EPA SBA Abandoned Uranium Mine Technical Services and Cleanup Industry Day
By Adrian Dotson
In April 2014, the U.S. Environmental Protection Agency (EPA) and the U.S. Department of Justice (DOJ) announced they would be spending $1 billion to clean up abandon uranium mines on the Navajo Nation. The funds were secured in a bankruptcy-related settlement, the largest for environmental settlement. Energy mining companies Anadarko and Kerr McGee are required to pay a total of $5.15 billion resolve allegations of evading liability for environmental contaminations.
On September 16 and 17, EPA and the Small Business Administration (SBA) hosted Abandoned Uranium Mine Technical Services and Cleanup Industry Day, in Albuquerque, NM and Window Rock, AZ. SBA has worked with EPA on executing these events in an effort to engage Native American businesses and other local small businesses on the massive cleanup efforts associated with the settlement.
The event turned out to be an information session where detailed background information was presented and questions were answered. EPA officials started the morning session with information about Kerr McGee, the oil, gas, and uranium energy-exploration company, started in 1929. From 1940 – 1980, Kerr McGee conducted uranium mining operations on the Navajo Nation and left behind abandoned mines, mine structures, and contaminated waste material.
The EPA has identified 49 mines and mine exploration sites that they will focus on. Left over funds will then be used to identify and cleanup other uranium mining sites. There are over 500 mine claims with 1270 features such as waste piles and vent shafts of various size and ore production. The EPA claims this will be a giant project with a timeline that stretches many years. They are still in the beginning stages of the cleanup planning.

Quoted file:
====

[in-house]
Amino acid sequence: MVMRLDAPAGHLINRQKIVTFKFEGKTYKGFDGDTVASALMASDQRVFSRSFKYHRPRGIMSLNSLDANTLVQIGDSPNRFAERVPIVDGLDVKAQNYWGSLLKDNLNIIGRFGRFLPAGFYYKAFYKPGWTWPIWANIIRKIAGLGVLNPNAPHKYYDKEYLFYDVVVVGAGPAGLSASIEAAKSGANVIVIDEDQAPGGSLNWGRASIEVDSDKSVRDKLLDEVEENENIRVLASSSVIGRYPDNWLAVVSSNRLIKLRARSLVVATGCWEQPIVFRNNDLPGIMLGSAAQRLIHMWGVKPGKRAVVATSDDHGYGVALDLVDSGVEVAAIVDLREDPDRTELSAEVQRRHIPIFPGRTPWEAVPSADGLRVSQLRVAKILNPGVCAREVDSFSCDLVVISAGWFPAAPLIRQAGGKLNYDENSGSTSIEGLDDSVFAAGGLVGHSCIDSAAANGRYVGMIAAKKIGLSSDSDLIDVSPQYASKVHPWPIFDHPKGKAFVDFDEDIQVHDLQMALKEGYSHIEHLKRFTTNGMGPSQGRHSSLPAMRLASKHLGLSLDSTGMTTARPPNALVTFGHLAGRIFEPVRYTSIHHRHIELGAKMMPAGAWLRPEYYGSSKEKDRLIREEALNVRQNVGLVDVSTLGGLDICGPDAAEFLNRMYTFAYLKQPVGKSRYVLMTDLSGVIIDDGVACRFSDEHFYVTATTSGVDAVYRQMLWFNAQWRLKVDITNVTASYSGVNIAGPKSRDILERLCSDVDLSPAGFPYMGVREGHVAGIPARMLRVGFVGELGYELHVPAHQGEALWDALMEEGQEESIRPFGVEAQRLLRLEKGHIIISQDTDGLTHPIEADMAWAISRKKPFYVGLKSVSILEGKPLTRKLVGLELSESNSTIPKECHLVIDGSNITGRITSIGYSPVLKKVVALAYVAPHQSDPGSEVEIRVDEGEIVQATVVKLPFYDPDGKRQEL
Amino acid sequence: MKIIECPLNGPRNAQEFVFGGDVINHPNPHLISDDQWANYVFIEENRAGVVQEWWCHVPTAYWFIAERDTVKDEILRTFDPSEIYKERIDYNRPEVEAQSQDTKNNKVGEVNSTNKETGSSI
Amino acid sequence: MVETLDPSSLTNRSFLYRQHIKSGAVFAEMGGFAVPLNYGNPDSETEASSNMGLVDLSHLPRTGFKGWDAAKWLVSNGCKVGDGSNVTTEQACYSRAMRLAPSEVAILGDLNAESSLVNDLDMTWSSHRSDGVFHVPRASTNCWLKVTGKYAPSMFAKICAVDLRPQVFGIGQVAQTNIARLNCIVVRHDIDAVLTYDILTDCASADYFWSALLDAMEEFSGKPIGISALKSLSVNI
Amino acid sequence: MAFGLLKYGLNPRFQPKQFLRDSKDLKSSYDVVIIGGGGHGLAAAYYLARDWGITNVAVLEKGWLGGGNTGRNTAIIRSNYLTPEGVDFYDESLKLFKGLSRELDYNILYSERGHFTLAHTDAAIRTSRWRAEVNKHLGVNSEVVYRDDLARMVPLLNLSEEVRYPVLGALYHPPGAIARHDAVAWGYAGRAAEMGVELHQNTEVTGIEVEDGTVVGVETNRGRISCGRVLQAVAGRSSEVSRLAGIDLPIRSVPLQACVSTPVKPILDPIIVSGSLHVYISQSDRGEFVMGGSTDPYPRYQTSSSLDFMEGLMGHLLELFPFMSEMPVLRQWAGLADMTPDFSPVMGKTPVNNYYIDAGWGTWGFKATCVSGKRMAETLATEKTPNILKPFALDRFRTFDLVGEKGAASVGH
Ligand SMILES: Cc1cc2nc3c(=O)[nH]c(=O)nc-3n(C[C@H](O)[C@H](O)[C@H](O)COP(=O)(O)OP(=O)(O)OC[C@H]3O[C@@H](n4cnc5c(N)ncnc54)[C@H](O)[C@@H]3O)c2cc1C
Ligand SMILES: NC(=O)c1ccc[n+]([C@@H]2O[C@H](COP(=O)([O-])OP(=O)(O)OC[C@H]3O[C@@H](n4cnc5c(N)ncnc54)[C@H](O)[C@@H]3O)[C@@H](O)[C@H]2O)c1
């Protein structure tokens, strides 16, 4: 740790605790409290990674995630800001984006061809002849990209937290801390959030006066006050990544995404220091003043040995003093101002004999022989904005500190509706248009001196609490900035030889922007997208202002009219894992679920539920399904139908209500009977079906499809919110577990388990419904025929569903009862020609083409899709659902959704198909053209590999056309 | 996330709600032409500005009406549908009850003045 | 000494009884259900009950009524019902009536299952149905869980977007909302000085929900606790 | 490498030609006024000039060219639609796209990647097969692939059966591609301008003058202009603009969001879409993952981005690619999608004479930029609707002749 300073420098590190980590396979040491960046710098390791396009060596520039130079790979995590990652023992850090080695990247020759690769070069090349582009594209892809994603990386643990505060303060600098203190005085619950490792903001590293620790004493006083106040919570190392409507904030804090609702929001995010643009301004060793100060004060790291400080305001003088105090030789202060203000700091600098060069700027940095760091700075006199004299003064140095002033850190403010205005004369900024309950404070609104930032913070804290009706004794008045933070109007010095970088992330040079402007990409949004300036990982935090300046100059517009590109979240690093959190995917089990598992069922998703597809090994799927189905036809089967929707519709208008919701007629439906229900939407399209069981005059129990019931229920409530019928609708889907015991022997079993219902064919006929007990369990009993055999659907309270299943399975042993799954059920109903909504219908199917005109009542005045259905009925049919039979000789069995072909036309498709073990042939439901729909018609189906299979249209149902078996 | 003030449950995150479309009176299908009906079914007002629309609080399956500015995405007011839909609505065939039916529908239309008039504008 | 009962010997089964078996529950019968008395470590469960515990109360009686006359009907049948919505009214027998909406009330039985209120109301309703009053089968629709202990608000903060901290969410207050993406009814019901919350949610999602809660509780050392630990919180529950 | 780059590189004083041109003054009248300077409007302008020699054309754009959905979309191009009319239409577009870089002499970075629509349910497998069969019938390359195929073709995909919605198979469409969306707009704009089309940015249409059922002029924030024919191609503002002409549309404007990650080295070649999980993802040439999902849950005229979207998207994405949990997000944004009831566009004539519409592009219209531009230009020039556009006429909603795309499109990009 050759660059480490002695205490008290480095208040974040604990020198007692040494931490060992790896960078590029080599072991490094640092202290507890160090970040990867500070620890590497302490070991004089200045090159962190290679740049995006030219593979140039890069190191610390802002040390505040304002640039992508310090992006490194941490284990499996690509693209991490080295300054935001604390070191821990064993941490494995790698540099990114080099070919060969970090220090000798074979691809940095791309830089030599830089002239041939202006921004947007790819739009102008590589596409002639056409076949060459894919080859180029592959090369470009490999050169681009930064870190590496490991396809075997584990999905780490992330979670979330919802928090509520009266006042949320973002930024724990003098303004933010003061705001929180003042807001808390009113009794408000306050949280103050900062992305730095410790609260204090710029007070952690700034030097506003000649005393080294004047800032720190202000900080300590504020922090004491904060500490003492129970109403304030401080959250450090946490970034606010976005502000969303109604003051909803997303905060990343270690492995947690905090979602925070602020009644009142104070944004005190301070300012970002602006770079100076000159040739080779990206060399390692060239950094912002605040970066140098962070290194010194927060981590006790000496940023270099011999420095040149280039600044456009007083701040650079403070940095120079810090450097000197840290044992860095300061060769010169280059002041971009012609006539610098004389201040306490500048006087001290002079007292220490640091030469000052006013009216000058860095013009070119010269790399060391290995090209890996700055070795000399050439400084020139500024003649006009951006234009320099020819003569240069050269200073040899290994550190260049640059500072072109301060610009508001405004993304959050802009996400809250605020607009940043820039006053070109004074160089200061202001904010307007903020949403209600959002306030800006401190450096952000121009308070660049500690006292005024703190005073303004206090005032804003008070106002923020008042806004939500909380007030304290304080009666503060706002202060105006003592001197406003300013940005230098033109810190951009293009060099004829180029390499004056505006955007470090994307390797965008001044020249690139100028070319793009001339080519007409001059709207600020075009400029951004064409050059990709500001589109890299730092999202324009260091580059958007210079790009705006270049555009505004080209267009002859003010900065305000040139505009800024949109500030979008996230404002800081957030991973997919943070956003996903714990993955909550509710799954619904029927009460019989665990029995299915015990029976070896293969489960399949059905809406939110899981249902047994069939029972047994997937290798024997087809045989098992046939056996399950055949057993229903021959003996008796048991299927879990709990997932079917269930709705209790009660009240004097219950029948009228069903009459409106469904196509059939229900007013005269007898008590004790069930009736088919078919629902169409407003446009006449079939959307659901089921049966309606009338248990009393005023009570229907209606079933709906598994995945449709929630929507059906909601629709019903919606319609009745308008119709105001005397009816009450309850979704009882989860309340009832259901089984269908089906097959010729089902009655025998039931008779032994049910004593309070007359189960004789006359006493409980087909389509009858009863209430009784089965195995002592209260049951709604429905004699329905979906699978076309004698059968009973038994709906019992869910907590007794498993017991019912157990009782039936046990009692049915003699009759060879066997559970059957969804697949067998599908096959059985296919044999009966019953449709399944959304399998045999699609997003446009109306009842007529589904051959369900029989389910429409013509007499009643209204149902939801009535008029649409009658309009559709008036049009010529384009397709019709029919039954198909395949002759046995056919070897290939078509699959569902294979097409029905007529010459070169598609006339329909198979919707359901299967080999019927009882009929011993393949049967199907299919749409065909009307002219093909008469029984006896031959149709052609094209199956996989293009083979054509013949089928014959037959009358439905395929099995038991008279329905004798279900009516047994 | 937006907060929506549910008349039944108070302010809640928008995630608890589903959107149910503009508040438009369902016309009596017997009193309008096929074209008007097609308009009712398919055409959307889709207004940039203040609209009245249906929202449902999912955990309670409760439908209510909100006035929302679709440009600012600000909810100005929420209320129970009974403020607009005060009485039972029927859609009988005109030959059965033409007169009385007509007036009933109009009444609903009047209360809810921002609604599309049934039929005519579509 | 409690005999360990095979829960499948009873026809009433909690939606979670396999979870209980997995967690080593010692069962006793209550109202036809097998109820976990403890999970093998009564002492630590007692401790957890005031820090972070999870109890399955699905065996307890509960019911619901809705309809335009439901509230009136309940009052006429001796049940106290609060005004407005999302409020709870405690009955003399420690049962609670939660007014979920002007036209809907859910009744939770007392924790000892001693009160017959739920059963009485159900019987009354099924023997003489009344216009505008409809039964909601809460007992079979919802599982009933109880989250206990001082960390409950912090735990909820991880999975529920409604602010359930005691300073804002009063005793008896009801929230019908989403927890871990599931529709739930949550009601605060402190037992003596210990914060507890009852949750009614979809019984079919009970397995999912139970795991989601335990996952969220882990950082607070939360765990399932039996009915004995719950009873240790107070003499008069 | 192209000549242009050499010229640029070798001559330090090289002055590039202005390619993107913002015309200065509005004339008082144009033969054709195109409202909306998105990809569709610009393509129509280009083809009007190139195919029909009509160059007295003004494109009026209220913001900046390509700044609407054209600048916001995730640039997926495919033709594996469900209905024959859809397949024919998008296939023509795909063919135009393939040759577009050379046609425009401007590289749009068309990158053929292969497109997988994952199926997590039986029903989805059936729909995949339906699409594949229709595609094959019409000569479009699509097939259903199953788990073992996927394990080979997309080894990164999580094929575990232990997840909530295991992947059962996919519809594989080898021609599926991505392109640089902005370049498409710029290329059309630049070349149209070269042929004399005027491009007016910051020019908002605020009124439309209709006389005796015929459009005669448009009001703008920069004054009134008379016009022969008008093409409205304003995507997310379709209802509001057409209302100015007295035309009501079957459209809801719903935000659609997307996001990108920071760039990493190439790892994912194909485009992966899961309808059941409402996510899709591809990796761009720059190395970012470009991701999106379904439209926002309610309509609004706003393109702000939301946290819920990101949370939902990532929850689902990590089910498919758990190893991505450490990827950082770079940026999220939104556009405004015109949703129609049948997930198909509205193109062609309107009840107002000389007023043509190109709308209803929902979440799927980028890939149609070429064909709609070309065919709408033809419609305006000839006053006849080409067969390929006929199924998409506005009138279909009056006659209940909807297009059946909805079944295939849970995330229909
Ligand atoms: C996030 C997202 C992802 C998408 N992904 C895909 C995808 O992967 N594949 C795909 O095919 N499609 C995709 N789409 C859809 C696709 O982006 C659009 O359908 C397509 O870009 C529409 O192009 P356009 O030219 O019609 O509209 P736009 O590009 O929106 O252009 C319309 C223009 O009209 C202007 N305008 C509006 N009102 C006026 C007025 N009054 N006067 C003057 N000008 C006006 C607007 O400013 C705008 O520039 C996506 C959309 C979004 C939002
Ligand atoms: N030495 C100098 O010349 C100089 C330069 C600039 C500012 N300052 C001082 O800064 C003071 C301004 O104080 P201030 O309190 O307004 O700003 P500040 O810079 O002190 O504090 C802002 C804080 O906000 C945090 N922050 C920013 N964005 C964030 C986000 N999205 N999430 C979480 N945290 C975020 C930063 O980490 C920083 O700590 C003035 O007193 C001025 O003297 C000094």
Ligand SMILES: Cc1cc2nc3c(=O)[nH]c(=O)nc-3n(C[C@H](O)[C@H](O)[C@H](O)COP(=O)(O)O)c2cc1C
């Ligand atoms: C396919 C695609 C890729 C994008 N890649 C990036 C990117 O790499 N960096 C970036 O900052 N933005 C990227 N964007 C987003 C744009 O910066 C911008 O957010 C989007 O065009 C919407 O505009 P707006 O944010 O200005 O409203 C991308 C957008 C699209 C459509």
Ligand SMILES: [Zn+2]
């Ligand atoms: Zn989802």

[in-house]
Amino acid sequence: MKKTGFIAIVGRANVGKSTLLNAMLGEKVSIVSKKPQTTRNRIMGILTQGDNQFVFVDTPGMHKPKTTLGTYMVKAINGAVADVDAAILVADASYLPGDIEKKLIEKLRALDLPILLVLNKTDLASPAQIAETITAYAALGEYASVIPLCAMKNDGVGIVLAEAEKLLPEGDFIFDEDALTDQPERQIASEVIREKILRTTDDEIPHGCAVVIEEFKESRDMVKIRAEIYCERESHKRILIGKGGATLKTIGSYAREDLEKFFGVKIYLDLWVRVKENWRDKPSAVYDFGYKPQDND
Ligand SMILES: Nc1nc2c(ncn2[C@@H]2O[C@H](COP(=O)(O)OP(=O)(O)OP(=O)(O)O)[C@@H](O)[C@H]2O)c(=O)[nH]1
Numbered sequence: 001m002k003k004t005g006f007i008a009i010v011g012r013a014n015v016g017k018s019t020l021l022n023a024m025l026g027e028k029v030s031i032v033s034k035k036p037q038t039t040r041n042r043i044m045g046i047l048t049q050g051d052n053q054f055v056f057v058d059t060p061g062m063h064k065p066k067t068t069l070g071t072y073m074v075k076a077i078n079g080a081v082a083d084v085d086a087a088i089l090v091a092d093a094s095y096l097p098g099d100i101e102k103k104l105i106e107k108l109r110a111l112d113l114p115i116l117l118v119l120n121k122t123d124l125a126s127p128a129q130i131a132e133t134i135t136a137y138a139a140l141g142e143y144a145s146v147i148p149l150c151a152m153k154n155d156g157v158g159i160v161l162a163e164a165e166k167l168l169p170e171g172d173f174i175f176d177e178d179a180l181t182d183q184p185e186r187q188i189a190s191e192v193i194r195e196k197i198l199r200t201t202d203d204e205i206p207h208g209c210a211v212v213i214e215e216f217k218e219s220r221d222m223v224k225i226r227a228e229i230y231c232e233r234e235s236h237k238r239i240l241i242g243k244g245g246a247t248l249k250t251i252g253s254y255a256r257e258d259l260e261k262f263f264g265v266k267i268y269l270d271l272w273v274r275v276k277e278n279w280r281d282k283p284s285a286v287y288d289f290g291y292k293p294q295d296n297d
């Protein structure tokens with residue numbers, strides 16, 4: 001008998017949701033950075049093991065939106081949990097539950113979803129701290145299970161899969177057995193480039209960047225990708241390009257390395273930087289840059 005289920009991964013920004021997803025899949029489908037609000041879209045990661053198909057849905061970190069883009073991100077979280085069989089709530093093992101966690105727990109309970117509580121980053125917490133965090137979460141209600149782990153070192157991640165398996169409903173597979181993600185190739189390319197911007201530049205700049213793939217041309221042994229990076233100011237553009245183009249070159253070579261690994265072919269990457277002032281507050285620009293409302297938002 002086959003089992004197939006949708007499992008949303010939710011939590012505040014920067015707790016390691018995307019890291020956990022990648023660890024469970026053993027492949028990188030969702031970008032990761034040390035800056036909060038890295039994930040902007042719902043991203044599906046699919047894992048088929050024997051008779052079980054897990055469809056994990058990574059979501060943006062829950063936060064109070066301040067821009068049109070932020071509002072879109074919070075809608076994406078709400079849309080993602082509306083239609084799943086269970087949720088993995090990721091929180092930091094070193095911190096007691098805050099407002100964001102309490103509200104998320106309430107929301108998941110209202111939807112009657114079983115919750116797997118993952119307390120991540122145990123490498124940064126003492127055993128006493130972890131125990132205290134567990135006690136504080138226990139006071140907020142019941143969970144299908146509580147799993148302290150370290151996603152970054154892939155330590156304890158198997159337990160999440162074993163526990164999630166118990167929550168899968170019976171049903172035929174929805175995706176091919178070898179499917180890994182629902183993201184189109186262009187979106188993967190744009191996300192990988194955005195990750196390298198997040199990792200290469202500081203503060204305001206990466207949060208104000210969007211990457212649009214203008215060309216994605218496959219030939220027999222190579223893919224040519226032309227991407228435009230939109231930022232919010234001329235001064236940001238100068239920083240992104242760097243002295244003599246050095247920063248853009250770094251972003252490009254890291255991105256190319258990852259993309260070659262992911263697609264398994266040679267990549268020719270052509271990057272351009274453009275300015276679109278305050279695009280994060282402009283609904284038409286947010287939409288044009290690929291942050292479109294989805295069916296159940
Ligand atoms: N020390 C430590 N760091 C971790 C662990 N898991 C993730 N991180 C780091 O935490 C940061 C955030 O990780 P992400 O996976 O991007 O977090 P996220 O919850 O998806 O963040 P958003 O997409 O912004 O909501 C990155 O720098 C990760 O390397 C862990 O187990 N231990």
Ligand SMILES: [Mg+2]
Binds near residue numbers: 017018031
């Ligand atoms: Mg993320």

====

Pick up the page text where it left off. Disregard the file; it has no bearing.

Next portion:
The scale of these cleanup projects will create opportunities for all types of technical and cleanup industries. SBA representatives explained how a business can become a vendor to the EPA and get various types of certifications for gaining preference, such as Disadvantaged Business Enterprise (DBE) program and Section 8(a) status. SBA also went down the list or resources for small businesses such as procurement technical assistance and mentorship programs.
SBA assembled a panel of large business representatives who often acquire large federal contracts. These large businesses are often prime contractor companies who require subcontracting to smaller businesses who specialize in specific areas. SBA stressed the importance of networking and hoped that the event that day would foster new relationships and encouraged small businesses to approach both prime-contractors and sub-contractors when seeking new projects.